Cold Press: The Media Pile-On After the Davis Olive Oil Report
By Denise Johnson
Olive Oil Times Contributor | Reporting from Boston
Reports of adulterated olive oil and olive oil fraud are not new in the U.S. where for a long time European olive oil exporters have been taking advantage of American naïveté and an absence of quality standards. So why has everyone been talking about a recent UC Davis Olive Center report that found some olive oils bought from California supermarkets were not what they claimed to be?
The last time imported olive oil took such a bashing was an August 2007 exposé by Tom Mueller in the New Yorker magazine titled Slippery Business — The Trade in Adulterated Olive Oil. The report detailed a pervasive culture of olive oil adulteration that shocked readers and permanently altered the way a lot of us think about mass-market olive oil.
The Davis report, posted here two weeks ago, has enjoyed the kind of viral publicity only eye-grabbing titles like “That Olive Oil’s No Virgin” could achieve. The report’s conclusion that “most imported extra virgin olive oils are not extra virgin” has proved compelling. The story reinforced cynicism we’ve long harbored. Pair that with virgin word-play and you have a news editor’s best friend. 500 news editors in fact, judging by a Google News search.
The Report and its aftermath:
July 14: Report: Most Imported Extra Virgin Olive Oils Aren’t Extra Virgin
July 15: UC Davis Study Questioned
July 16: Industry Group Responds to UC Davis Olive Oil Report
July 26: Davis Olive Center Chemist, NAOOA’s Bauer on NPR
July 27: IOC Weighs in on Davis Olive Oil Study
Another reason the report garnered so much attention is the surging popularity of olive oil, due to the steady stream of health findings and celebrity raves in recent years. Thank California for much of the great PR olive oil has had lately. California makes just 1 percent of the olive oil we consume and, with every headline like “Report Questions Imported Olive Oil’s Virginity,” you can expect that number to rise.
Obviously some aren’t too happy about the way this is headed. First, the North American Olive Oil Association jumped in with a statement that sought to calm consumers by outlining how, together with the International Olive Council, hundreds of tests are performed every year on imported olive oils, and the NAOOA is here to make sure we get what we pay for.
Then the Executive Secretariat of the International Olive Council piled on with a harsher tone in a statement that accused the Davis report of basing its findings on a sampling it called “statistically not significant,” using methods that were found to be “unreliable” and reaching conclusions without the usual crosschecks. In short, the IOC said, the report failed to provide evidence for its claims. Then, with the IOC watching its back, the NAOOA issued another release with more bravado titled “IOC Blasts California Study.”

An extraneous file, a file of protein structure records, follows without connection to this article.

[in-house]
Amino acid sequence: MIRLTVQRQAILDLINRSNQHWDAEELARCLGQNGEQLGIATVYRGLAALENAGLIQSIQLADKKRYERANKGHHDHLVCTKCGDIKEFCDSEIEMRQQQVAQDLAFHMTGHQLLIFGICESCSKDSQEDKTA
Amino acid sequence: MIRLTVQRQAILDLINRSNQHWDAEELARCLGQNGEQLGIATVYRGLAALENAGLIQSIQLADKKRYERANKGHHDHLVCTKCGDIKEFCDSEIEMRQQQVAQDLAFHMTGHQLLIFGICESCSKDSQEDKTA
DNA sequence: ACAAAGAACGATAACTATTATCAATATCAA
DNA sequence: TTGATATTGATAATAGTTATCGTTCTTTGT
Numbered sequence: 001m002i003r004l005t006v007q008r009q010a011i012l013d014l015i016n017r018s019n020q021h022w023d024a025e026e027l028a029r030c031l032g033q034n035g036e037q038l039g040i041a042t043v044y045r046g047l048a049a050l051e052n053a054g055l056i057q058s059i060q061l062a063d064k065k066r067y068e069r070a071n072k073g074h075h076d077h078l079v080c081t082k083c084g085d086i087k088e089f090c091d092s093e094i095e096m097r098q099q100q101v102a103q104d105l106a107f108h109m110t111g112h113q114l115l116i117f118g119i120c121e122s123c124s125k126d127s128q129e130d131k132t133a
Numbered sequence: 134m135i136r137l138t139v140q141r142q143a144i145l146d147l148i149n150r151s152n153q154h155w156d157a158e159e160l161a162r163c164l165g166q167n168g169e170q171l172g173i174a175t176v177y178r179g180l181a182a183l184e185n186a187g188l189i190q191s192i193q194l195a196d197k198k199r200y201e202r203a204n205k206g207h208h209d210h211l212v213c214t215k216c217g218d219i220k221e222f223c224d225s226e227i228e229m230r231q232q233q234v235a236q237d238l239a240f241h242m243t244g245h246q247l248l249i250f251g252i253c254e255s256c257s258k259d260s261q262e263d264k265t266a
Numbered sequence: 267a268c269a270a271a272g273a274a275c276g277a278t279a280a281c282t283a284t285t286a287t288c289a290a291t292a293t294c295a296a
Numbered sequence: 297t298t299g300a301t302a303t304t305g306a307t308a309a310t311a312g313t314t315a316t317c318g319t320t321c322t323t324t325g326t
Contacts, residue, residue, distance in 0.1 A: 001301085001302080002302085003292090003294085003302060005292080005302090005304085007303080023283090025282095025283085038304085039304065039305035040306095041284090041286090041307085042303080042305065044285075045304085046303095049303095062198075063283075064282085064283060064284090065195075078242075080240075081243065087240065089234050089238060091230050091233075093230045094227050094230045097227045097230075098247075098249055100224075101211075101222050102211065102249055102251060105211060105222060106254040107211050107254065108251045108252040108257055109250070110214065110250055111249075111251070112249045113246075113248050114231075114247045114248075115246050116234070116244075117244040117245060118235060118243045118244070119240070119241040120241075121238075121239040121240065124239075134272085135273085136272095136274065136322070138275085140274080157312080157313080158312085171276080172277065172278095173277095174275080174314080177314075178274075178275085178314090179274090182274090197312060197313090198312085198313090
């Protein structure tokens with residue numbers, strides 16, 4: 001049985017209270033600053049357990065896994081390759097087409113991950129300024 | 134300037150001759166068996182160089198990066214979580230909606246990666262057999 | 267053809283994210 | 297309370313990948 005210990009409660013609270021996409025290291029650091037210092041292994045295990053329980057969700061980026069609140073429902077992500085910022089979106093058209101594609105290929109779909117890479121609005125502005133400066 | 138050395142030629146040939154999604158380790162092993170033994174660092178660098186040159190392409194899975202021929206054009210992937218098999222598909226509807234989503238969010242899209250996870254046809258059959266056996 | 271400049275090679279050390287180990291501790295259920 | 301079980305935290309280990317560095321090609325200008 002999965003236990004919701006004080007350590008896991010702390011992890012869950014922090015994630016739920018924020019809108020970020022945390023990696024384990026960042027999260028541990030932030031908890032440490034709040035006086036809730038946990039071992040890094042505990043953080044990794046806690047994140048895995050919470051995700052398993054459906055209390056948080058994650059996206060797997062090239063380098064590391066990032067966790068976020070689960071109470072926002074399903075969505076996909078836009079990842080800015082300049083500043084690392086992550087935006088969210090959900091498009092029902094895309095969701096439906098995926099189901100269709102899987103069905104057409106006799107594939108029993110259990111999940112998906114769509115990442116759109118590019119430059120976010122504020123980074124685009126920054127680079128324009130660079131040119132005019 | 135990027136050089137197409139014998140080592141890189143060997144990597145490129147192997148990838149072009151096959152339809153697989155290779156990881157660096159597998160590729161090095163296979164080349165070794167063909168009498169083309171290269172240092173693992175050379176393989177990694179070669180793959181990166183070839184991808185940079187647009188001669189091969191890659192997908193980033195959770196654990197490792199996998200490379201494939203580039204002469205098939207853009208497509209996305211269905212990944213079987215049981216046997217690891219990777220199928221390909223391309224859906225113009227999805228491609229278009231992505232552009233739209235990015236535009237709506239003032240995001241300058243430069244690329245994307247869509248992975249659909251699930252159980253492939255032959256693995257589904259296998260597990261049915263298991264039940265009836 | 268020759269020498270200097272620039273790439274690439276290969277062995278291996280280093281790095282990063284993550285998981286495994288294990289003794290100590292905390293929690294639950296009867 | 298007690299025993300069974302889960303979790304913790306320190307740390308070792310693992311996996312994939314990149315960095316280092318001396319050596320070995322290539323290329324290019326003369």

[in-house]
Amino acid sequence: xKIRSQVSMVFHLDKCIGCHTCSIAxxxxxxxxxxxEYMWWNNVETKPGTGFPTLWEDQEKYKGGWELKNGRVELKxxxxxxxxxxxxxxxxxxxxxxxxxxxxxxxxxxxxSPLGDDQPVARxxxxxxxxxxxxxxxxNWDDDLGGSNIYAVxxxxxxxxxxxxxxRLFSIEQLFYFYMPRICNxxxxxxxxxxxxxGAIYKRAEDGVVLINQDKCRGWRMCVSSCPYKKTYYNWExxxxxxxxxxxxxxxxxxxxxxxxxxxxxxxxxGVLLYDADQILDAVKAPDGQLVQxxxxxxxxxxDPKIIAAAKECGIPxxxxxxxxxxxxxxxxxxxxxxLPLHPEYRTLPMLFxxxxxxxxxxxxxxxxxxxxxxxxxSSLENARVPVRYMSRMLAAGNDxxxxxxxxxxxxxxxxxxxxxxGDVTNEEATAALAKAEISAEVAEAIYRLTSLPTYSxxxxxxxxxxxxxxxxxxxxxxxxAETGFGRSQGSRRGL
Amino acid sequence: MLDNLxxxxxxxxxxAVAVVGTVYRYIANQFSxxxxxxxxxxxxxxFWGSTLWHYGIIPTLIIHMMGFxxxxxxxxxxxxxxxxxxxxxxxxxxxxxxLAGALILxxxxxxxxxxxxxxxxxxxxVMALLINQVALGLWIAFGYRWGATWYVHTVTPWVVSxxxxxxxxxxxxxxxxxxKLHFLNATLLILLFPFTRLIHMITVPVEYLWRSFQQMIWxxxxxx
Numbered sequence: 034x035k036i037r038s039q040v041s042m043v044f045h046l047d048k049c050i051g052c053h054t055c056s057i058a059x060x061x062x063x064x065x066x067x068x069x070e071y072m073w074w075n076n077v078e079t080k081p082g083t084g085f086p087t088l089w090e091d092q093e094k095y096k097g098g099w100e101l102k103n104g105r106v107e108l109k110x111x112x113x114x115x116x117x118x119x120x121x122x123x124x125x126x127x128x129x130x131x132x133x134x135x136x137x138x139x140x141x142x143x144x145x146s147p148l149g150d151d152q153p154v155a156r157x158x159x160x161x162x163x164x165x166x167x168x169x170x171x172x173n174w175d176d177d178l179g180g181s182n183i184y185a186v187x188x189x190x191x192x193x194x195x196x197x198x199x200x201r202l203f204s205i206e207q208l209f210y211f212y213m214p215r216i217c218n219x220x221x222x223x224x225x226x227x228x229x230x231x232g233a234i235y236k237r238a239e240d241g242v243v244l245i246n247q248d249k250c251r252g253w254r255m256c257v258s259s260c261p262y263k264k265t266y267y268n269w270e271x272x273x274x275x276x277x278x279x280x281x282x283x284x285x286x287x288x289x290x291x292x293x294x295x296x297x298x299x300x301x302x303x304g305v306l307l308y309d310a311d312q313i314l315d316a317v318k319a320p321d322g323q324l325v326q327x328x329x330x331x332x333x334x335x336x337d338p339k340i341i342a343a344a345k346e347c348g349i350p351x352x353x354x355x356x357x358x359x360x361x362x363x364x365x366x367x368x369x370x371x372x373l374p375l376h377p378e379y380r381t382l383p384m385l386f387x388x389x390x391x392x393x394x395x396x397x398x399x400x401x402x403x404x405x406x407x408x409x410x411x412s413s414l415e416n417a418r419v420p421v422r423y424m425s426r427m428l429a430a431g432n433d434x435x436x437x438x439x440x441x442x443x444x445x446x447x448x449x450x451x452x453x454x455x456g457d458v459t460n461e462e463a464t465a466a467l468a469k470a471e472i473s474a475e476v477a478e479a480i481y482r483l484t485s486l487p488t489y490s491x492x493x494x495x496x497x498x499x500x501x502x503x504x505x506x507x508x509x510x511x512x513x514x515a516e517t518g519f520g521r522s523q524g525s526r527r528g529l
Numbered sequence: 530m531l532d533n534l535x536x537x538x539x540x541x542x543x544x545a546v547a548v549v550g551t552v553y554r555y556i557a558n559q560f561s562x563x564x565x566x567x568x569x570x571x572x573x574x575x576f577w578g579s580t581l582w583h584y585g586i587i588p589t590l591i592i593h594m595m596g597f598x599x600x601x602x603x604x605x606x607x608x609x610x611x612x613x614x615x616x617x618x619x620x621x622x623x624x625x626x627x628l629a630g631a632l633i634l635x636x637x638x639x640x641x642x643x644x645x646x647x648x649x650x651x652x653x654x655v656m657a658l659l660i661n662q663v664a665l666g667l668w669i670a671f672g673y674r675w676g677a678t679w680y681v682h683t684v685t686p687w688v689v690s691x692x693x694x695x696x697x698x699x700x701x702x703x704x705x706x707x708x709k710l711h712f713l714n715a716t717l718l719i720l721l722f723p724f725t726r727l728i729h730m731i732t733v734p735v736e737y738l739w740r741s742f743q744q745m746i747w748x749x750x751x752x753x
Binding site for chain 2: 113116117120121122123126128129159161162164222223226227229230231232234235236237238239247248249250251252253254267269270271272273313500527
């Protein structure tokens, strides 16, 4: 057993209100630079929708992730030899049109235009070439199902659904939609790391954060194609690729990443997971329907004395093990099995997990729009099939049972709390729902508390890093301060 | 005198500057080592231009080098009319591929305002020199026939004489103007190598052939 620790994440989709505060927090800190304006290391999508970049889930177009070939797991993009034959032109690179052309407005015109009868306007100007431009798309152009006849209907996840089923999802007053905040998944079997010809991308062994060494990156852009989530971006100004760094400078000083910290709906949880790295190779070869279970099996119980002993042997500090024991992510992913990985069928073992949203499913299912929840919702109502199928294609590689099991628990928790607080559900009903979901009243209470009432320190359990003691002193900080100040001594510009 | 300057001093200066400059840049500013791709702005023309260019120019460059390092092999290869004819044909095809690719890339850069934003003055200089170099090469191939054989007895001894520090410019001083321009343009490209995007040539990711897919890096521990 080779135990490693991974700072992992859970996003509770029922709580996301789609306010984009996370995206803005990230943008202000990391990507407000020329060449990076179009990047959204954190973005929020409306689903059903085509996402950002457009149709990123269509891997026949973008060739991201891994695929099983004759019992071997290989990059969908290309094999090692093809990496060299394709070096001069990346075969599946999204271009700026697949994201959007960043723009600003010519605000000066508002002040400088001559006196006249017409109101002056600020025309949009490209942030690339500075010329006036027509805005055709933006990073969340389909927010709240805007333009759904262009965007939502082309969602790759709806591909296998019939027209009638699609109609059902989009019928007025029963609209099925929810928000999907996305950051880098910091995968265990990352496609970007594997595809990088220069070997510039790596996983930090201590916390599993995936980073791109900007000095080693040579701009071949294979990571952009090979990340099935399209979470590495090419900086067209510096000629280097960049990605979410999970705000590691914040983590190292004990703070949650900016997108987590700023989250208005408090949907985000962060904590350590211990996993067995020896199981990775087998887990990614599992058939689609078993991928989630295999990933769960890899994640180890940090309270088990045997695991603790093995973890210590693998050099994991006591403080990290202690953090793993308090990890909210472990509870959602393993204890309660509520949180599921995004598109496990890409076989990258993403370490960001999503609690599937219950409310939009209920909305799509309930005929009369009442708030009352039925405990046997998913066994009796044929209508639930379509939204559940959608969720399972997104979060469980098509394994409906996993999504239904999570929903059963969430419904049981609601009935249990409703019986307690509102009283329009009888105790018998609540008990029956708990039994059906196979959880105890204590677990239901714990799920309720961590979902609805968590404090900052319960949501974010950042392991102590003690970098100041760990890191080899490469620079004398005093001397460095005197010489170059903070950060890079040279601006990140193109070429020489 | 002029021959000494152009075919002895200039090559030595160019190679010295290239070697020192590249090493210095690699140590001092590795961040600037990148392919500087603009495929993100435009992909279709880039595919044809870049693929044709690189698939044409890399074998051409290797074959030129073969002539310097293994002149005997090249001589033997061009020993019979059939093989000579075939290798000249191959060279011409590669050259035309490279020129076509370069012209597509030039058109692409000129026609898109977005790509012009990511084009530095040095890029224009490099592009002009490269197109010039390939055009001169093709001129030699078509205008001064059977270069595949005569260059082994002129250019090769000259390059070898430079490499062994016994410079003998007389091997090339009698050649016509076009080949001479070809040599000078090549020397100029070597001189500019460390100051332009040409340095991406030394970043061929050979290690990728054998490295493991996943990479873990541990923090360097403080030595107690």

When asked by the Olive Oil Times about the specific IOC criticisms including the small sampling and the report’s controversial methodologies, the UC Davis Olive Center’s Director responded today only with:
“UC Davis stands behind the report, which was conducted with an IOC-accredited lab using official IOC tests. The Australian Oils Research Laboratory does excellent work.
At the same time, UC Davis values the IOC’s role in olive oil standards and tests. We invite the IOC to be a partner in our future research to analyze the quality of olive oil sold in the United States.”
Dan Flynn, UC Davis Olive Center
So where is all of this going?
Olive oil deception is real. Even the NAOOA trade group of importers says 10% of oils they test have some kind of problem. That would be about 10 million liters of rip-offs, one of which might be in your cupboard right now. Olive oil fraud is committed on a huge scale by giant producers in Spain, Italy, Greece and Tunisia.
The culture and mechanisms that perpetuate the practice simply don’t exist in the ‘States where the biggest companies, still small by European standards, are focused on production efficiency and the market’s high end.
There are also producers in these countries and elsewhere, like many profiled in these pages, indelibly committed to excellence and who craft an extra virgin olive oil that can be made nowhere else in the world but on their farm. That’s why we write about it. It’s why we love it. Every extra virgin olive oil is different, and there are exquisite extra virgin olive oils of the highest order made in Spain, Italy, Greece, Tunisia, California and regions all over the world, thank goodness. Of course, how much of the good stuff makes it to our local supermarkets is a cause for constant concern, and the subject of this study.
What’s bothersome about this Davis initiative is that it was financed in part by those who have the most to gain by its findings. Davis’s close ties to the local olive oil industry that pays its bills leaves the study vulnerable to criticism. Still, they could have used even more funding if that would have afforded the testing of a reasonable sampling.
The IOC pledged in its statement to work closely with the United States to protect US consumers from mislabeled olive oil. For its part, the United States will probably use what little money it has scrutinizing shipping containers for things other than adulterated olive oil.
Still, the recent USDA revision of olive oil standards brings us a little closer to a day when we can be reasonably sure ALL olive oil we buy here is what it claims to be. Until that happens the reputation of imported olive oil will likely continue to take shots, some fair and others not so.
This article was last updated July 14, 2015 - 1:39 PM (GMT-5)